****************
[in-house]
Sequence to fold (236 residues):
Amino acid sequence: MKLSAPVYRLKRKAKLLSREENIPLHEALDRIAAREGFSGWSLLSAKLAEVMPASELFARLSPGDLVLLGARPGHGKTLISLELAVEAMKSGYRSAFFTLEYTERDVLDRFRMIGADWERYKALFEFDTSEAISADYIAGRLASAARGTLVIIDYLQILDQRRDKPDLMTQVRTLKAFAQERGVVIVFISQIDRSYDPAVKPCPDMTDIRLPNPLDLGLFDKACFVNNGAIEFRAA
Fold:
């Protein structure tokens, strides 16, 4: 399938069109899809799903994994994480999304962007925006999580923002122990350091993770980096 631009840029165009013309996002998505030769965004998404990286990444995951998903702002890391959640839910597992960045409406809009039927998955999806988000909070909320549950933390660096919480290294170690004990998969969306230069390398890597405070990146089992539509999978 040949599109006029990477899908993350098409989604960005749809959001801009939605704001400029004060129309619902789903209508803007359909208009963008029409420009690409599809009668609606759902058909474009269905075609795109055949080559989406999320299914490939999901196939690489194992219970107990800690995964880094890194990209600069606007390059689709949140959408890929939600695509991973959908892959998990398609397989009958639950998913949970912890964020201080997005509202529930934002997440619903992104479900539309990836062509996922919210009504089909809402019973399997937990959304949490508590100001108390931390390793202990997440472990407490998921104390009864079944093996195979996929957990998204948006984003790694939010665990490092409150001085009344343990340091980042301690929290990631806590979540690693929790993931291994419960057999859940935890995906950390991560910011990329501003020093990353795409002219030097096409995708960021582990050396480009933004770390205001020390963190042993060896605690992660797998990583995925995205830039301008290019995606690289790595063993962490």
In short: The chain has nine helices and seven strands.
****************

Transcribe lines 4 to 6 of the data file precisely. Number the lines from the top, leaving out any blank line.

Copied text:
Fold:
């Protein structure tokens, strides 16, 4: 399938069109899809799903994994994480999304962007925006999580923002122990350091993770980096 631009840029165009013309996002998505030769965004998404990286990444995951998903702002890391959640839910597992960045409406809009039927998955999806988000909070909320549950933390660096919480290294170690004990998969969306230069390398890597405070990146089992539509999978 040949599109006029990477899908993350098409989604960005749809959001801009939605704001400029004060129309619902789903209508803007359909208009963008029409420009690409599809009668609606759902058909474009269905075609795109055949080559989406999320299914490939999901196939690489194992219970107990800690995964880094890194990209600069606007390059689709949140959408890929939600695509991973959908892959998990398609397989009958639950998913949970912890964020201080997005509202529930934002997440619903992104479900539309990836062509996922919210009504089909809402019973399997937990959304949490508590100001108390931390390793202990997440472990407490998921104390009864079944093996195979996929957990998204948006984003790694939010665990490092409150001085009344343990340091980042301690929290990631806590979540690693929790993931291994419960057999859940935890995906950390991560910011990329501003020093990353795409002219030097096409995708960021582990050396480009933004770390205001020390963190042993060896605690992660797998990583995925995205830039301008290019995606690289790595063993962490």
In short: The chain has nine helices and seven strands.